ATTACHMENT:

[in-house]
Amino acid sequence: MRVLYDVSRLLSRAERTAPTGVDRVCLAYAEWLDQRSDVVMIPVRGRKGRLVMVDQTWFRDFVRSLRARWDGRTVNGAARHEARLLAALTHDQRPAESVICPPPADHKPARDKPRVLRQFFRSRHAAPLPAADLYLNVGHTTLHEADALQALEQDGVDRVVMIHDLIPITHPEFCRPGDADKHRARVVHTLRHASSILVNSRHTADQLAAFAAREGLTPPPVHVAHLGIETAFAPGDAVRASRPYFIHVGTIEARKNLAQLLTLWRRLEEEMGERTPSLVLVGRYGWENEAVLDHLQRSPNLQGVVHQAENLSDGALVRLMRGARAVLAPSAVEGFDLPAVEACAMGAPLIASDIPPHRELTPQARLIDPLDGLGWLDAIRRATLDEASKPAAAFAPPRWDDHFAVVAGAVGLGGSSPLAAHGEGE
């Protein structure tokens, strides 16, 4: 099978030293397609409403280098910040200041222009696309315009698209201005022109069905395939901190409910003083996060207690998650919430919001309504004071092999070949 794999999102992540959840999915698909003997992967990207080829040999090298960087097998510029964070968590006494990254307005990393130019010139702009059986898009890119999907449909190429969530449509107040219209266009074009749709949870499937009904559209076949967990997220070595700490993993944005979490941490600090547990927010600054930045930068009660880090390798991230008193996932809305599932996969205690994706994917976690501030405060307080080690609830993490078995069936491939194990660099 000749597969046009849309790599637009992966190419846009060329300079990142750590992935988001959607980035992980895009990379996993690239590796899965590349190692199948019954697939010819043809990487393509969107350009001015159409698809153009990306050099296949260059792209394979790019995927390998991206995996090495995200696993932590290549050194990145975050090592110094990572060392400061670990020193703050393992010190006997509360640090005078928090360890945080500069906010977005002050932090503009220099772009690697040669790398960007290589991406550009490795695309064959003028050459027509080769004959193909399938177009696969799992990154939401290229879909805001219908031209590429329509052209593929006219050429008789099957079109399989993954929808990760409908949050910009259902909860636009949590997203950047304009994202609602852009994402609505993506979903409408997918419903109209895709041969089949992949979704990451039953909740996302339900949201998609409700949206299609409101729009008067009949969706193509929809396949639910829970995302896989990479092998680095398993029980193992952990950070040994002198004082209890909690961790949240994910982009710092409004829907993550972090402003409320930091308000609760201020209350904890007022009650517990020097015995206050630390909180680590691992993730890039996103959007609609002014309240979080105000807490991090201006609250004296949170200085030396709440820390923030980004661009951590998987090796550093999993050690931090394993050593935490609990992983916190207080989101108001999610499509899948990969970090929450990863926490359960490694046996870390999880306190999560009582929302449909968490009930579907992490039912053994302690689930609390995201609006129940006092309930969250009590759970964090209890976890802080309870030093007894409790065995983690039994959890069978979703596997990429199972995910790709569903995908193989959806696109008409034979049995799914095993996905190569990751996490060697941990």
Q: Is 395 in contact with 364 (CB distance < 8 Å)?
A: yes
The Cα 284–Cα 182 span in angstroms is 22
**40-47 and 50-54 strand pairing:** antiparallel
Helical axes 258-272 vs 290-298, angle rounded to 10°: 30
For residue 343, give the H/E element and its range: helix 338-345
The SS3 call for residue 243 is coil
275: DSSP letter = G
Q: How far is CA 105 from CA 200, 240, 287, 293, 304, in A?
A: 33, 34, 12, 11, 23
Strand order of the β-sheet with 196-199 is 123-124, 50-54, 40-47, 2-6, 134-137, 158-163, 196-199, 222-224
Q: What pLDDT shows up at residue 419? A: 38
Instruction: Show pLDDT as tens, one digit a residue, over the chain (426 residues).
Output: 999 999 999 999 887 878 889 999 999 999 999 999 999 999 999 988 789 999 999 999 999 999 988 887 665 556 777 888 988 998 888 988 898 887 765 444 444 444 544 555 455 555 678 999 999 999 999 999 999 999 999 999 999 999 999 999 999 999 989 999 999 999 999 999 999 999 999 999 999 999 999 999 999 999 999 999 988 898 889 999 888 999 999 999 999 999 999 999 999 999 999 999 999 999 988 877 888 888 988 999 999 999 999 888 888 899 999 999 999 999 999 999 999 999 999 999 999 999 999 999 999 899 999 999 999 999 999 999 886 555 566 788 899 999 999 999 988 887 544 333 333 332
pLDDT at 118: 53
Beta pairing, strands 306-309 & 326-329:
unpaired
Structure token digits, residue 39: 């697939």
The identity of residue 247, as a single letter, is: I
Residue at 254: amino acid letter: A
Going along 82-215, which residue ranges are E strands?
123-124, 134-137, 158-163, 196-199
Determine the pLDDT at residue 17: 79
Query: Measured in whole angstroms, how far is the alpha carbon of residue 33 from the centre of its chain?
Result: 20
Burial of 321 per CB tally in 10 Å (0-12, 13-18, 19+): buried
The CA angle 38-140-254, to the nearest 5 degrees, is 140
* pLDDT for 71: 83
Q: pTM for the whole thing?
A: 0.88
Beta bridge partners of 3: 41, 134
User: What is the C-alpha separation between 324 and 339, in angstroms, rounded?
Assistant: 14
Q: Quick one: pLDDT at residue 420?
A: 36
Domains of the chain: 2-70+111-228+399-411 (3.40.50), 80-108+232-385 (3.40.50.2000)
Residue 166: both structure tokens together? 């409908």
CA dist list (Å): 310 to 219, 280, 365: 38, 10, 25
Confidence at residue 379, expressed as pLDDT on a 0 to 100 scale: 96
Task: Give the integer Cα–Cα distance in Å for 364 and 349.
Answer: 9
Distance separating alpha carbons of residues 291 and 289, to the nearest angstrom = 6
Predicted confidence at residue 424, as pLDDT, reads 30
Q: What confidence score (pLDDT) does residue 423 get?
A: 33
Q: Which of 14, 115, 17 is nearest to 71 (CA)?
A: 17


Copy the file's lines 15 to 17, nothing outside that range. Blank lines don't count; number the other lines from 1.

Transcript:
Q: What pLDDT shows up at residue 419? A: 38
Instruction: Show pLDDT as tens, one digit a residue, over the chain (426 residues).
Output: 999 999 999 999 887 878 889 999 999 999 999 999 999 999 999 988 789 999 999 999 999 999 988 887 665 556 777 888 988 998 888 988 898 887 765 444 444 444 544 555 455 555 678 999 999 999 999 999 999 999 999 999 999 999 999 999 999 999 989 999 999 999 999 999 999 999 999 999 999 999 999 999 999 999 999 999 988 898 889 999 888 999 999 999 999 999 999 999 999 999 999 999 999 999 988 877 888 888 988 999 999 999 999 888 888 899 999 999 999 999 999 999 999 999 999 999 999 999 999 999 999 899 999 999 999 999 999 999 886 555 566 788 899 999 999 999 988 887 544 333 333 332